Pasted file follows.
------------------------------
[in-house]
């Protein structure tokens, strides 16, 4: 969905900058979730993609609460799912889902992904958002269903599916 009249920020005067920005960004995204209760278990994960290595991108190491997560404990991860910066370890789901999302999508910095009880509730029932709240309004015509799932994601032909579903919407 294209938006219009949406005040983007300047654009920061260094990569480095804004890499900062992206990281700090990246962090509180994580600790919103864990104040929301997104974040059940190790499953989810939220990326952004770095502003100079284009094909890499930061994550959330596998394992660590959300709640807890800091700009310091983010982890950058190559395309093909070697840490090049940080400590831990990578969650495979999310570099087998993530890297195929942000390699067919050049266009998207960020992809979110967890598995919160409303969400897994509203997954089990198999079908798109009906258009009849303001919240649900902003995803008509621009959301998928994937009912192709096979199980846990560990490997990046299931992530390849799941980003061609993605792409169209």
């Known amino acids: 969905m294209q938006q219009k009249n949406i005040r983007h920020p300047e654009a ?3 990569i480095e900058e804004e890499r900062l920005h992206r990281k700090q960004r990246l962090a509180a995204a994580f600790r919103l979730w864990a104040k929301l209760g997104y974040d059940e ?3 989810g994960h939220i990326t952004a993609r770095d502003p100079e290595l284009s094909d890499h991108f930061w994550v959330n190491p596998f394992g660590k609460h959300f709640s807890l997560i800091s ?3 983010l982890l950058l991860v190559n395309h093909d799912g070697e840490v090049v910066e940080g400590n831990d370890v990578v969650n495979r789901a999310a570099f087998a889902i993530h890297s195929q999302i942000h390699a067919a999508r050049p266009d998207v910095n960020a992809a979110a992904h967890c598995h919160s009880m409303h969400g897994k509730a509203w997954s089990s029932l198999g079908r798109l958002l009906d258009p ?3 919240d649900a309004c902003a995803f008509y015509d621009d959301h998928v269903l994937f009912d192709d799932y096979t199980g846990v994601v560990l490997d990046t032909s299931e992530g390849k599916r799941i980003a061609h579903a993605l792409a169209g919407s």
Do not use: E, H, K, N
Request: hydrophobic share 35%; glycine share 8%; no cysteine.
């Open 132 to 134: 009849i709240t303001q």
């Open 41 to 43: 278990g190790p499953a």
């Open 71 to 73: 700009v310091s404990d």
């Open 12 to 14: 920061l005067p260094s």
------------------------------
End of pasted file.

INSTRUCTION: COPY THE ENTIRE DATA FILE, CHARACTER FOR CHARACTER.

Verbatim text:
[in-house]
């Protein structure tokens, strides 16, 4: 969905900058979730993609609460799912889902992904958002269903599916 009249920020005067920005960004995204209760278990994960290595991108190491997560404990991860910066370890789901999302999508910095009880509730029932709240309004015509799932994601032909579903919407 294209938006219009949406005040983007300047654009920061260094990569480095804004890499900062992206990281700090990246962090509180994580600790919103864990104040929301997104974040059940190790499953989810939220990326952004770095502003100079284009094909890499930061994550959330596998394992660590959300709640807890800091700009310091983010982890950058190559395309093909070697840490090049940080400590831990990578969650495979999310570099087998993530890297195929942000390699067919050049266009998207960020992809979110967890598995919160409303969400897994509203997954089990198999079908798109009906258009009849303001919240649900902003995803008509621009959301998928994937009912192709096979199980846990560990490997990046299931992530390849799941980003061609993605792409169209």
């Known amino acids: 969905m294209q938006q219009k009249n949406i005040r983007h920020p300047e654009a ?3 990569i480095e900058e804004e890499r900062l920005h992206r990281k700090q960004r990246l962090a509180a995204a994580f600790r919103l979730w864990a104040k929301l209760g997104y974040d059940e ?3 989810g994960h939220i990326t952004a993609r770095d502003p100079e290595l284009s094909d890499h991108f930061w994550v959330n190491p596998f394992g660590k609460h959300f709640s807890l997560i800091s ?3 983010l982890l950058l991860v190559n395309h093909d799912g070697e840490v090049v910066e940080g400590n831990d370890v990578v969650n495979r789901a999310a570099f087998a889902i993530h890297s195929q999302i942000h390699a067919a999508r050049p266009d998207v910095n960020a992809a979110a992904h967890c598995h919160s009880m409303h969400g897994k509730a509203w997954s089990s029932l198999g079908r798109l958002l009906d258009p ?3 919240d649900a309004c902003a995803f008509y015509d621009d959301h998928v269903l994937f009912d192709d799932y096979t199980g846990v994601v560990l490997d990046t032909s299931e992530g390849k599916r799941i980003a061609h579903a993605l792409a169209g919407s």
Do not use: E, H, K, N
Request: hydrophobic share 35%; glycine share 8%; no cysteine.
């Open 132 to 134: 009849i709240t303001q």
């Open 41 to 43: 278990g190790p499953a």
């Open 71 to 73: 700009v310091s404990d």
């Open 12 to 14: 920061l005067p260094s």